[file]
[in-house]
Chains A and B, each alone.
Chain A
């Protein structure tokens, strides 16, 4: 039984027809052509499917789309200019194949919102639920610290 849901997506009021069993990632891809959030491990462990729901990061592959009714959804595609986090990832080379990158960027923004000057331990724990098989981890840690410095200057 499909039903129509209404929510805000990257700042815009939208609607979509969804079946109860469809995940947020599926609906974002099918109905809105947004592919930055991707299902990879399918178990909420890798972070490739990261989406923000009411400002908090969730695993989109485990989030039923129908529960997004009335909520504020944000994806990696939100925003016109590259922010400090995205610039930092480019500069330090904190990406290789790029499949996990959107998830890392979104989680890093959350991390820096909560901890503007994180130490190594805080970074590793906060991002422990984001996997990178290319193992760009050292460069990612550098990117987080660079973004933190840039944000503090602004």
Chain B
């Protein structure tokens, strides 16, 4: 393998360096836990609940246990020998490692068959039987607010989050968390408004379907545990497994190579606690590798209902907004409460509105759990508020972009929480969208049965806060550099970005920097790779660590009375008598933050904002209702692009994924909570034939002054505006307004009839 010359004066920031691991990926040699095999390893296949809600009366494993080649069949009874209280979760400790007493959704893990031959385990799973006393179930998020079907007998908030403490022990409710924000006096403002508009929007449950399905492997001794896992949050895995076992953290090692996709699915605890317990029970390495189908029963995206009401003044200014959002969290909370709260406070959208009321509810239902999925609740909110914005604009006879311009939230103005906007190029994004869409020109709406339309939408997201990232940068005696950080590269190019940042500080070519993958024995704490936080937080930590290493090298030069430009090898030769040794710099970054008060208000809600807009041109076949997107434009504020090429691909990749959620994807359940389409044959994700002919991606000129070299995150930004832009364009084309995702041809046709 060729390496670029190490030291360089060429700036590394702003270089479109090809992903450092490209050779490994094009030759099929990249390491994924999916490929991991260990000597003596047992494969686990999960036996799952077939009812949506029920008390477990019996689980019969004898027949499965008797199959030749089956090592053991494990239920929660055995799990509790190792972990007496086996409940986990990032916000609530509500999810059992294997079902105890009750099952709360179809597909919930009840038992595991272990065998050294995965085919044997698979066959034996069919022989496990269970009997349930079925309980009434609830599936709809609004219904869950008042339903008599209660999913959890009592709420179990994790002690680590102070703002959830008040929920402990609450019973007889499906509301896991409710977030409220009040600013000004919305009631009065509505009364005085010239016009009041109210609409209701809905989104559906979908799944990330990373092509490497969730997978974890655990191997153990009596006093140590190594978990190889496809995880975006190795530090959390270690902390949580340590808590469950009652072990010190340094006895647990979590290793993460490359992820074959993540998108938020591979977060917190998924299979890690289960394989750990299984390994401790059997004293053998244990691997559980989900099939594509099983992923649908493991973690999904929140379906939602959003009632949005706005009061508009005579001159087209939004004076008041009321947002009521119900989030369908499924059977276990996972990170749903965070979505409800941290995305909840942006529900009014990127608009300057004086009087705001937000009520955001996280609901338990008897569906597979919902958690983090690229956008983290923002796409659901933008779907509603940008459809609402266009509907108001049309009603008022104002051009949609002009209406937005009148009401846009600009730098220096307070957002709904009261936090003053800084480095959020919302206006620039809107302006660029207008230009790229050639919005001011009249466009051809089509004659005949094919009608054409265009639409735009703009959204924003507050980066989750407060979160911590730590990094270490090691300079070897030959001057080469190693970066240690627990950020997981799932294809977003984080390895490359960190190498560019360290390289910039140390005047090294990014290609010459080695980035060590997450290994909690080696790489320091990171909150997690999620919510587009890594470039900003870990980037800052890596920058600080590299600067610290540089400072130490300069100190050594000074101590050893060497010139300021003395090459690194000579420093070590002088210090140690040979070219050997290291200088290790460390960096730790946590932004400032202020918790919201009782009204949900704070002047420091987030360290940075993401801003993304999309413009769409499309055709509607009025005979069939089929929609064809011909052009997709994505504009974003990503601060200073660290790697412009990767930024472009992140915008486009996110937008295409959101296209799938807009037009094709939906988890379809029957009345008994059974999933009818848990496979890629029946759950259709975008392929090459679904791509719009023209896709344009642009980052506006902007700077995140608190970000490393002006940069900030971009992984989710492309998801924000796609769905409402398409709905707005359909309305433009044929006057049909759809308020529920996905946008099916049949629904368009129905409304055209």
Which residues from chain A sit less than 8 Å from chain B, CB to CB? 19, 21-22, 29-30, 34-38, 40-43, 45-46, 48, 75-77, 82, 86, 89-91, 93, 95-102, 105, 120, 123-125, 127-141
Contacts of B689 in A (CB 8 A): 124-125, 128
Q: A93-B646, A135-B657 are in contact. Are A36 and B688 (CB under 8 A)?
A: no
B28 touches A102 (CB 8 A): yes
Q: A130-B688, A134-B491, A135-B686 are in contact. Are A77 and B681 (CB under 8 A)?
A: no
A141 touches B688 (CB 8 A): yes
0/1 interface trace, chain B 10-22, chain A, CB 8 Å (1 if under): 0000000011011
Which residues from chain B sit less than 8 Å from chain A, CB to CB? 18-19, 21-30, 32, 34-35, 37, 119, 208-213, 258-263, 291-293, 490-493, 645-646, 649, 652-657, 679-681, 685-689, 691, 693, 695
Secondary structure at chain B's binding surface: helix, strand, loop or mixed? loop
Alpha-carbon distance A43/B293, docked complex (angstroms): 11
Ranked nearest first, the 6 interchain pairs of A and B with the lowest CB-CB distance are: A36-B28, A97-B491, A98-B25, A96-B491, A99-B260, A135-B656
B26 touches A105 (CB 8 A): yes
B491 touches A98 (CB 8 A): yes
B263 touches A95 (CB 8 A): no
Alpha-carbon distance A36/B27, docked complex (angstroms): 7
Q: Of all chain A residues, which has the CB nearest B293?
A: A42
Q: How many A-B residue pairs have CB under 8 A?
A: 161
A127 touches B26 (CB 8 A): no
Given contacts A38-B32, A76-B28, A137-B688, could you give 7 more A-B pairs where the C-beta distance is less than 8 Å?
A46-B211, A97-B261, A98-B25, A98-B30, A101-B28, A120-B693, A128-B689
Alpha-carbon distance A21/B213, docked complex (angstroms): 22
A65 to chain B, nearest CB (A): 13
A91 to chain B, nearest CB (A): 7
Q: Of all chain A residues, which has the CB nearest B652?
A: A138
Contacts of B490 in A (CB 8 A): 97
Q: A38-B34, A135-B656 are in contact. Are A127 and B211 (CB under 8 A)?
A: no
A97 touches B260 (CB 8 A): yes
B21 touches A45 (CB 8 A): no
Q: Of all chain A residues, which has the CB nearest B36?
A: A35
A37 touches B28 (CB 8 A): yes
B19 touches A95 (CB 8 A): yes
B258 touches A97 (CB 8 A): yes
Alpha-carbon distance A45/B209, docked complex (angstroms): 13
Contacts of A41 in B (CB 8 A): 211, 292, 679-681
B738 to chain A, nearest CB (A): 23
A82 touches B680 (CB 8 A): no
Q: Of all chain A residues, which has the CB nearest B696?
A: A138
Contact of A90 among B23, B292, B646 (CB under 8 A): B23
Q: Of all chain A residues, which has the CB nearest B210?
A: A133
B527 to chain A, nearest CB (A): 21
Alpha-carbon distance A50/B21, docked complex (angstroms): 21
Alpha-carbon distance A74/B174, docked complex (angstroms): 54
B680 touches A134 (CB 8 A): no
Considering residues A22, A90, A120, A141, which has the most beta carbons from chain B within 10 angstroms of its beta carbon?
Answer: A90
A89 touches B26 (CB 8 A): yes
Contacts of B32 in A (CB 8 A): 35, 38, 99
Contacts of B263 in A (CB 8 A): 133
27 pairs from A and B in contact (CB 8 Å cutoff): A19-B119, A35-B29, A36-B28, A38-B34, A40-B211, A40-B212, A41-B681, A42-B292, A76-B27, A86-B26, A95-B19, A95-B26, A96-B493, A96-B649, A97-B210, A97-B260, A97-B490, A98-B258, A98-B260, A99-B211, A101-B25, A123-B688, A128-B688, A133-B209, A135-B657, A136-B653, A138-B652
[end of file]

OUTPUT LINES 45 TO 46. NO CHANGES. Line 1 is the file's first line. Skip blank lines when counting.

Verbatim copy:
B258 touches A97 (CB 8 A): yes
Alpha-carbon distance A45/B209, docked complex (angstroms): 13